Are you interested in evolution and gaining an understanding of how natural living systems function and evolve? Is it important to you to know how these systems can be managed to conserve while providing benefits to people? Depending on what college campus you walk onto, an ecology, evolution, systematics and population biology program can have a diverse number of names which all lead to a similar outcome.
There is the evolution, ecology and population biology program at the school of medicine at Washington University in St. Louis; the systematics, ecology and evolution program at Louisiana State University (LSU) in the department of biological sciences; and the ecology, evolution and environmental biology program at Columbia University – just to name a few. But no matter how you arrange the words, they all have one common theme: they offer insight into where life – human and plant – came from and where it is going.
What is great about ecology and evolutionary biology is that they are highly integrative disciplines. And ecologists and evolutionary biologists use them to explain past and present patterns of abundance, distribution, and diversity of organisms. You can become part of this fascinating world of science by familiarizing yourself with a broad range of knowledge and specialized fields, from molecular and population genetics to the mechanisms and history of plate tectonics.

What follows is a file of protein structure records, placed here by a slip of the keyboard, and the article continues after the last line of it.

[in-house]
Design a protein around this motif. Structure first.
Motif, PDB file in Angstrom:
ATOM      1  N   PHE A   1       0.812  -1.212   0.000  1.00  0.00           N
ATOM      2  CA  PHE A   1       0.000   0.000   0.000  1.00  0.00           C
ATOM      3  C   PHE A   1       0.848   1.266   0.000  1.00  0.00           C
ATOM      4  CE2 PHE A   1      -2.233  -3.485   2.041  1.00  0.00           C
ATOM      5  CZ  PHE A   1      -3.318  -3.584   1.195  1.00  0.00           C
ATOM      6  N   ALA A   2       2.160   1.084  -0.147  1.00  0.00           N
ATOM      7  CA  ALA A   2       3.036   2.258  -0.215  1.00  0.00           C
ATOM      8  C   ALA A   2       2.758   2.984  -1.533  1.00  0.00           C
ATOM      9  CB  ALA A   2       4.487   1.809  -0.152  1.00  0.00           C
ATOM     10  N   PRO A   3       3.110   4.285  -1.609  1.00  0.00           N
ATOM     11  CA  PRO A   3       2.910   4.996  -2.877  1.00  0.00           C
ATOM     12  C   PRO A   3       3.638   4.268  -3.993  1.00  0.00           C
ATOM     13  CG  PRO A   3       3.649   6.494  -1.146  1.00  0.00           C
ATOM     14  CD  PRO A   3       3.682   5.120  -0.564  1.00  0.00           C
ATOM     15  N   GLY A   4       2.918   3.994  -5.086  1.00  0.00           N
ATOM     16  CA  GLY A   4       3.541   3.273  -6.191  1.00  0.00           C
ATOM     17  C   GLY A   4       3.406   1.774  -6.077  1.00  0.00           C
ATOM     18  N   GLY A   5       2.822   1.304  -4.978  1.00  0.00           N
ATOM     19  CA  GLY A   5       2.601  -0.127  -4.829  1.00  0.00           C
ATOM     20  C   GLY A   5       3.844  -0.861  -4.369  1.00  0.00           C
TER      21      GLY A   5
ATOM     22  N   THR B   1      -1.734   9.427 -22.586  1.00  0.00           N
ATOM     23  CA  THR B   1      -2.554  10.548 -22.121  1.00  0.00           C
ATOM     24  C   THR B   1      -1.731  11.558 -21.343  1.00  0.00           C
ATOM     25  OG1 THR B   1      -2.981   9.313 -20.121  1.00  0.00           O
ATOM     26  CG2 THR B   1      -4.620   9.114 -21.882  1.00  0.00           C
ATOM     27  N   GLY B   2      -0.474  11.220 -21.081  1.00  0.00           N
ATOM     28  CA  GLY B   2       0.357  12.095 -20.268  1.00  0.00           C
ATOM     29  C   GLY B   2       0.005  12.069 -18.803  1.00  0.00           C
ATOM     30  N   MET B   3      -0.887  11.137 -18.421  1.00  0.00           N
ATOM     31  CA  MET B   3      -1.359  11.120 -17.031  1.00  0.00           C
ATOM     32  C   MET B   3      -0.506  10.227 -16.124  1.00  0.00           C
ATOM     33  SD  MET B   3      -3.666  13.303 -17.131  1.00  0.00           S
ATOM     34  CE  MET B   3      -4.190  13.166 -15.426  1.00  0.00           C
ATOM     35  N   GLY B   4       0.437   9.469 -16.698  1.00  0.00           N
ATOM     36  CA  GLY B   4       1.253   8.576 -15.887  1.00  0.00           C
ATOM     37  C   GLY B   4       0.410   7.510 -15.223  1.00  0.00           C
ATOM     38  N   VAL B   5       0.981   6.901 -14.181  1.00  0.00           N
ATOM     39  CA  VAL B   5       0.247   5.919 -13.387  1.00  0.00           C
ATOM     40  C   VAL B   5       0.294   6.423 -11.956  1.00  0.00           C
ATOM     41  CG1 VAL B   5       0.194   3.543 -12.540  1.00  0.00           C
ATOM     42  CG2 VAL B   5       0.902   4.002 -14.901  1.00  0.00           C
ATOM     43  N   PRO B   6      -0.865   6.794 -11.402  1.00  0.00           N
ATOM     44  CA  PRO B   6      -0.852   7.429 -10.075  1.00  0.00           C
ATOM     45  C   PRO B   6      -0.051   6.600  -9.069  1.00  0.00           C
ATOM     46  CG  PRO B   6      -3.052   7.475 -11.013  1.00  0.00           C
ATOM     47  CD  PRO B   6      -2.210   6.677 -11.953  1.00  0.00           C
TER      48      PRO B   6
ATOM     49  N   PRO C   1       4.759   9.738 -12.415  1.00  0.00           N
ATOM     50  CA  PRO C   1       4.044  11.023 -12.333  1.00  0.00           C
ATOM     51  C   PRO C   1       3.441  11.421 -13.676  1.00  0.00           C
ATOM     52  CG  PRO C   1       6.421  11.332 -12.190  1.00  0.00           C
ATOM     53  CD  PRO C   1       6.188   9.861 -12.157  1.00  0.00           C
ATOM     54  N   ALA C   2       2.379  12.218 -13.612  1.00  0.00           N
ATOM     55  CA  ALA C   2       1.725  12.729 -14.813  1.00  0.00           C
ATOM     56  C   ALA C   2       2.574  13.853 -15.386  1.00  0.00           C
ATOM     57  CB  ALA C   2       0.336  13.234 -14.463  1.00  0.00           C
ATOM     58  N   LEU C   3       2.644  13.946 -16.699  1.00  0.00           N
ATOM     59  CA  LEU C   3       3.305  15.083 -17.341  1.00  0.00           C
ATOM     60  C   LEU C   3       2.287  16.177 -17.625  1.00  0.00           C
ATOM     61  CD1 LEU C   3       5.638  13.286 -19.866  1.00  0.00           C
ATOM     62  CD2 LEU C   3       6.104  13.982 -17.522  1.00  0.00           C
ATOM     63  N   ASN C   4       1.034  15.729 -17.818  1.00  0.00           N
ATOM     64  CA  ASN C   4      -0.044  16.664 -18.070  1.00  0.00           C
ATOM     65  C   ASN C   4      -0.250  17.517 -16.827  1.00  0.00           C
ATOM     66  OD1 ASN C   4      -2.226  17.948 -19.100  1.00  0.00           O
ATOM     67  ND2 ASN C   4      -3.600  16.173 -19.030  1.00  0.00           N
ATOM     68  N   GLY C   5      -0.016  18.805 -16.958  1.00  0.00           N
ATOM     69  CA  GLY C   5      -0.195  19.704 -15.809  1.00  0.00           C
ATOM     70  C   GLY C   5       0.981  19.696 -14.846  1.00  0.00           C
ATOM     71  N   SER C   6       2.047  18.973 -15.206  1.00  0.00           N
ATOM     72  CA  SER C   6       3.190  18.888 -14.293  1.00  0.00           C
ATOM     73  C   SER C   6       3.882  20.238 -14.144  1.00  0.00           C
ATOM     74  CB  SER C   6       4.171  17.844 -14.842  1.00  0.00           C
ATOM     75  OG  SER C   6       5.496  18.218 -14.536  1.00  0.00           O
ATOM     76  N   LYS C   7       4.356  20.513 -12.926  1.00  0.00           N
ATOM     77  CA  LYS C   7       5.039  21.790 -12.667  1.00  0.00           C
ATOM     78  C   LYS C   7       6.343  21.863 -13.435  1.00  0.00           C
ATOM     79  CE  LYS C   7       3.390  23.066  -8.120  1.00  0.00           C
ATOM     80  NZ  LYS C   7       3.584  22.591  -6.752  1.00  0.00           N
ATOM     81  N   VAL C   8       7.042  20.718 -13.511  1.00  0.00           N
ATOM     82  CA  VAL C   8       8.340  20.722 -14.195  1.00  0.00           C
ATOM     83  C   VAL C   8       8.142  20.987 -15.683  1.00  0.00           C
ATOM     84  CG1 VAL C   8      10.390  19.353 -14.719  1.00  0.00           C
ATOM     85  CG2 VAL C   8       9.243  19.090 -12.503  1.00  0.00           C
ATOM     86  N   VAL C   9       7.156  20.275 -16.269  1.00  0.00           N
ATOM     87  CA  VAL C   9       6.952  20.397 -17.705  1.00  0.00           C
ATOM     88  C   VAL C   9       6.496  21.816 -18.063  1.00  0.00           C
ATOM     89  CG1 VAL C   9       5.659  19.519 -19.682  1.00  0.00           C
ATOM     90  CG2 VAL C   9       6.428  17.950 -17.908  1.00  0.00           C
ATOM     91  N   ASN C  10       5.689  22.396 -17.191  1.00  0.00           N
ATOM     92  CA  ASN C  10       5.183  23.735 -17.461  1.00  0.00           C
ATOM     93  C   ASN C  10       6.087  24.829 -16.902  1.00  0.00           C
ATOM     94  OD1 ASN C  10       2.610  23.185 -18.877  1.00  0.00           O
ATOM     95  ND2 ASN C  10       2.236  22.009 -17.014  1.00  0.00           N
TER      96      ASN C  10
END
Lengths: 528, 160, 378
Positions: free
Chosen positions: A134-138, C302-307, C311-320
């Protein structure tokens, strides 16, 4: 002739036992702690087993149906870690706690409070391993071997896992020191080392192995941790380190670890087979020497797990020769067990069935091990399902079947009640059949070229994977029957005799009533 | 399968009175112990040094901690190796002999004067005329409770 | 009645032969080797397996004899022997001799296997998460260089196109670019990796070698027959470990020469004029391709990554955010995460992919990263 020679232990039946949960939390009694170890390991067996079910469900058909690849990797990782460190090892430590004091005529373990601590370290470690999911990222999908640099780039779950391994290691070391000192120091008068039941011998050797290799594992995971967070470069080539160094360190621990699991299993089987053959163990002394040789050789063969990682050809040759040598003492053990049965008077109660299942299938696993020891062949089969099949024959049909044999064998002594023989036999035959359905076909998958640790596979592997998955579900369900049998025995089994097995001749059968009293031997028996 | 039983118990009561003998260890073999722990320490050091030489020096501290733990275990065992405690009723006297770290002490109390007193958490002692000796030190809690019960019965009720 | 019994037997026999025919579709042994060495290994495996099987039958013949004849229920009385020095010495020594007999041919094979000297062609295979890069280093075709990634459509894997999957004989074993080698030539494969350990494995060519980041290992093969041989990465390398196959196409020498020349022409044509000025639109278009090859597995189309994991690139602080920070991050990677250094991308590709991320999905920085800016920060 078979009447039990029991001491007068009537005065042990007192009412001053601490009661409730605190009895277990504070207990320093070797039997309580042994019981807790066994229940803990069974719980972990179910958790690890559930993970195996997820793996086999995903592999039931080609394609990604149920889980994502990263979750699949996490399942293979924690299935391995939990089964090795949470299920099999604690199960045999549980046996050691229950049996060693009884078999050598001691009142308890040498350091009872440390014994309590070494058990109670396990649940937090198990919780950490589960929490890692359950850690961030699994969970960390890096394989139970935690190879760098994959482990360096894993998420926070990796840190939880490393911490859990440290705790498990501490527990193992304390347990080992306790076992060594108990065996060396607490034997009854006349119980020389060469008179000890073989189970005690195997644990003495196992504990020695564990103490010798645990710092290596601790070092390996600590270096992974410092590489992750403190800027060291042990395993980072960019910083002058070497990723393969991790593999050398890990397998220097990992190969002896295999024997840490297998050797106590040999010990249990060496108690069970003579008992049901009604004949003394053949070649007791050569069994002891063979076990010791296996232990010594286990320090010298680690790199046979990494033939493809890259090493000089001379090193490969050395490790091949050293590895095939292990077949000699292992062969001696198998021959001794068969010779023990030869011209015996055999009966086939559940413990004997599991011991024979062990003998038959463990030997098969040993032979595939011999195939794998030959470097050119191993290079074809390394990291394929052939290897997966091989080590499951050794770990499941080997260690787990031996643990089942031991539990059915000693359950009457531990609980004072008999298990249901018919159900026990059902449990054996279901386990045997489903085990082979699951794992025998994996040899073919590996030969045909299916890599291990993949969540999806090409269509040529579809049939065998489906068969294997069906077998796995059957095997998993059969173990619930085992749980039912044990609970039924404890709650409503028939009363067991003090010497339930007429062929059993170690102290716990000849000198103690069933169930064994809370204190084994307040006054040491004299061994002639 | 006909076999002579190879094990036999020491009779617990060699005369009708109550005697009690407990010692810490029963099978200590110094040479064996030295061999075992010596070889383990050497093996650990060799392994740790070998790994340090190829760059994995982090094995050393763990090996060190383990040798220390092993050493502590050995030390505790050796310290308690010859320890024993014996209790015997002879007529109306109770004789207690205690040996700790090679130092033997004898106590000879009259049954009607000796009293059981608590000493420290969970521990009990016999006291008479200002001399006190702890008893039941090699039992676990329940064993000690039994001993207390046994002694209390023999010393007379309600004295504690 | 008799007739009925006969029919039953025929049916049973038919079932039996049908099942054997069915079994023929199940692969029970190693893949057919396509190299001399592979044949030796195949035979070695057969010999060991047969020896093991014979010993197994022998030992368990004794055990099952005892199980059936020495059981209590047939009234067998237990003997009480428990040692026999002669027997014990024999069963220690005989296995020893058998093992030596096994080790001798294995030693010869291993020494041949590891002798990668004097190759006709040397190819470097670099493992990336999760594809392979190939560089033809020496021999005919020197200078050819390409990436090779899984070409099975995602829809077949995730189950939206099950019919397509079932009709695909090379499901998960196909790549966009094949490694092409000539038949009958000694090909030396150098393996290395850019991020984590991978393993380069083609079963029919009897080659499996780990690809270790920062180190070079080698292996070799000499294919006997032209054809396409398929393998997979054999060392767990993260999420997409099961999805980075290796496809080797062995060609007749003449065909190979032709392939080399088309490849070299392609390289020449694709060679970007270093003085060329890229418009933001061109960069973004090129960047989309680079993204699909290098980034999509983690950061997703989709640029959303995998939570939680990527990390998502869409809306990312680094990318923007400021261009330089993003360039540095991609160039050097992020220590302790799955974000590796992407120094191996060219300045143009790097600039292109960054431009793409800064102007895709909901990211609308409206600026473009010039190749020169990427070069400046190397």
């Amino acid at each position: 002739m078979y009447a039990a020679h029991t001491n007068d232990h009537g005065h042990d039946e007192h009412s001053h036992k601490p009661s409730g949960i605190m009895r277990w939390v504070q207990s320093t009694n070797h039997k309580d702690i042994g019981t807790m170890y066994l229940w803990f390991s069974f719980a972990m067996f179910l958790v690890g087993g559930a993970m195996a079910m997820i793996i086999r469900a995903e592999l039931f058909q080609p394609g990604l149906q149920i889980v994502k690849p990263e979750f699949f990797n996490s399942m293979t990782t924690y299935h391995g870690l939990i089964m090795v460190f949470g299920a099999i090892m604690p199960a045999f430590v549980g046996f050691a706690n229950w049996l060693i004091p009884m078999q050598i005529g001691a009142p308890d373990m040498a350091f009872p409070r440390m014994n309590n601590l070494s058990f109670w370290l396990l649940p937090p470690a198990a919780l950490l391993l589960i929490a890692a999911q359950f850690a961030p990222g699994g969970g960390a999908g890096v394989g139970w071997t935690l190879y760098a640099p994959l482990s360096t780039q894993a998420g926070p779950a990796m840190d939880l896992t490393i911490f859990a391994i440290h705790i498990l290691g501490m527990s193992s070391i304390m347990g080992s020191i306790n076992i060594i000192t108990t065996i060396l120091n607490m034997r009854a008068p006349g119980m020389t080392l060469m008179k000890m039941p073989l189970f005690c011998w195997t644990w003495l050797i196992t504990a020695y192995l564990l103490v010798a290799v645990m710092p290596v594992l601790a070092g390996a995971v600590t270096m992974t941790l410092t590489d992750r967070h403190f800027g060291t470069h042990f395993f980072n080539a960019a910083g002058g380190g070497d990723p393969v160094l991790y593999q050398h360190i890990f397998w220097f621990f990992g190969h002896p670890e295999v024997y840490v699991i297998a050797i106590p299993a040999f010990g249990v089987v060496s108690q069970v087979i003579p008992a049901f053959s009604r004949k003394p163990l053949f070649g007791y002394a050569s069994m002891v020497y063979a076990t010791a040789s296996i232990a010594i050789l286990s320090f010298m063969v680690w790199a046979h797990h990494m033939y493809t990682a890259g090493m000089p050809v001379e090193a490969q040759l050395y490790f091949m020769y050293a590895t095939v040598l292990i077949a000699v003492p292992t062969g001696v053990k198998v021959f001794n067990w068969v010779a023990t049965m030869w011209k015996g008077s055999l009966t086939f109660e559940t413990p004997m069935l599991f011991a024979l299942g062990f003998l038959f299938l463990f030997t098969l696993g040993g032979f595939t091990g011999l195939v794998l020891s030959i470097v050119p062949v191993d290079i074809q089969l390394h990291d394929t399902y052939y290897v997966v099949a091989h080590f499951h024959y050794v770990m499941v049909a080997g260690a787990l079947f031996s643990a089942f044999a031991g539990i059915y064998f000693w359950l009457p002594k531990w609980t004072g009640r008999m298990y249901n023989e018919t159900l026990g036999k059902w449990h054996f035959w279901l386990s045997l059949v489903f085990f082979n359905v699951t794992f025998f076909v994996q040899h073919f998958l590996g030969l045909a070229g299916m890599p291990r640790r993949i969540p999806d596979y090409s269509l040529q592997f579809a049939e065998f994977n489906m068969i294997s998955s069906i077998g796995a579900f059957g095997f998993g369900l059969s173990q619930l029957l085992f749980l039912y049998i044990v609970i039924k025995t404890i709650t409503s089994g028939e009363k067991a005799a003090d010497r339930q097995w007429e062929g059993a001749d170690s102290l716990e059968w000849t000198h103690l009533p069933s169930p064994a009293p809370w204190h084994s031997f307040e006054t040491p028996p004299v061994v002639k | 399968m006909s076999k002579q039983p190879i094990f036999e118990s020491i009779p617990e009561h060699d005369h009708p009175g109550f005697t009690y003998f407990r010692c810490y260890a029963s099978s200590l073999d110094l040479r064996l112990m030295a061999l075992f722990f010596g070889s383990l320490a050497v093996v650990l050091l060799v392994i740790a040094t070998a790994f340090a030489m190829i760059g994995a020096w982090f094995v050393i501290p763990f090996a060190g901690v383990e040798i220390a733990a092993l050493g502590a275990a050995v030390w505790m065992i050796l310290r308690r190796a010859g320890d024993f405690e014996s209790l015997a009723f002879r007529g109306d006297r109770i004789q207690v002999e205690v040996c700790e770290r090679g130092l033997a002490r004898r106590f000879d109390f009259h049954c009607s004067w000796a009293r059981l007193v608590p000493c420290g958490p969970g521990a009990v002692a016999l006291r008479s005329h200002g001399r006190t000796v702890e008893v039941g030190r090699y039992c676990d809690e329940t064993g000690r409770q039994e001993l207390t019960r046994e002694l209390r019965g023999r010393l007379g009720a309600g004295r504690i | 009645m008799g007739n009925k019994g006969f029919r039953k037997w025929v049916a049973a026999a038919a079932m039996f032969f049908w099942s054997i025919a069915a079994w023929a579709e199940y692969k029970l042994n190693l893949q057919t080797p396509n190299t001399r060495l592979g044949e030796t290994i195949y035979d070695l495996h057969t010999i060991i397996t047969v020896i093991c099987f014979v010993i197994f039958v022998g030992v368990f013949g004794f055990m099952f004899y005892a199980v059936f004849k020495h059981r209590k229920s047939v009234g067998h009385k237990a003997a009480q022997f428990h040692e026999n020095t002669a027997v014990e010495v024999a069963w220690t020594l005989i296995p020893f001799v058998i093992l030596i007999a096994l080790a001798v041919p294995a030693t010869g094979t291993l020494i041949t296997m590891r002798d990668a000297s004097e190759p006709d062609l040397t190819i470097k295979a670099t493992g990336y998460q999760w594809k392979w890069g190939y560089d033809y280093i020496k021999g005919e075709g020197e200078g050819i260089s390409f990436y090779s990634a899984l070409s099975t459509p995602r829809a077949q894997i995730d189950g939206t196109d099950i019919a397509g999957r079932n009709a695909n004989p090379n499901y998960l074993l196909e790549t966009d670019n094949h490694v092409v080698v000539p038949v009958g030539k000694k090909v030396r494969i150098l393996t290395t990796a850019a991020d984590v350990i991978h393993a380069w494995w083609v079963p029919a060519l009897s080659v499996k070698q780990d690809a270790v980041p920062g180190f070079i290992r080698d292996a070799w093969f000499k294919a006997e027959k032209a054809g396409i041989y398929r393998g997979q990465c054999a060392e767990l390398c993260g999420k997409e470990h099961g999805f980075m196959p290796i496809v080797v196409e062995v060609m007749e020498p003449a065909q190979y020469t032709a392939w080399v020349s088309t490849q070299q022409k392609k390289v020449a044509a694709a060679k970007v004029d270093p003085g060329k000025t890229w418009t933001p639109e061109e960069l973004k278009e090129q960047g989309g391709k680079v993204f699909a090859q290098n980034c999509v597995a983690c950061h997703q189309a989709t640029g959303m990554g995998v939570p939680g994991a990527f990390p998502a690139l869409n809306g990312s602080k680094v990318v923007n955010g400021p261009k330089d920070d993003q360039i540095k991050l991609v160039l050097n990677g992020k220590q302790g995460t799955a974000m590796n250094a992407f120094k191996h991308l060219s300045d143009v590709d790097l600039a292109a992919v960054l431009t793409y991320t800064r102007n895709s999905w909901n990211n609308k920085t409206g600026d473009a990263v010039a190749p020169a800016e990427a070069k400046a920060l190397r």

While many colleges and universities offer courses in subjects such as ecology or biology, to enter an ecology, evolution, systematics and population biology degree program is to commit to a very specific educational focus: ecology and evolution.
Now while you may find that you will need to take courses such as chemistry, physiology, biology, calculus, physics and statistics, depending on the college or university you attend, you may also study topics such as:
Though there are a few undergraduate degree programs in ecology and evolution, such as the ecology and evolution program offered by the University of California, Santa Barbara, traditionally this program is offered only at the graduate degree level. You may decide on entering ecology and evolution as a specialized undergraduate program or you might want to consider getting an undergraduate degree in a life science – biology, anthropology, chemistry – before moving on for your Master degree or Doctorate degree in ecology, evolution, systematics and population biology.
In addition, there are related certificate programs in topics such as conservation biology and environmental policy.
After you have conquered the books and gained technical knowledge about science and math, you’ll want to be sure to develop the skills necessary help you in your career. Skill sets your degree program should provide you include:
If you’re considering a career as a biological scientist, you’ve made a good choice. The U.S. Bureau of Labor Statistics (BLS) indicates that employment growth will likely be much faster than in other occupations – around 21% over the next few years. On the other hand, conservation scientists can expect their growth rate during the same period to be about average – 12%.
While you can take some of your undergraduate courses via online college – make sure the credits transfer – for the best course of study you’ll want to attend a brick-and-mortar college.
Typically students who pursue an undergrad program in ecology and evolution do so in order to prepare for further graduate studies which ultimately lead to academic research or teaching positions. However, with a graduate degree you may also choose to work in technical and consultative positions within the industry or in government agencies where you would be involved with environmental assessment and devising ways to use and improve natural resources as you safeguard the environment.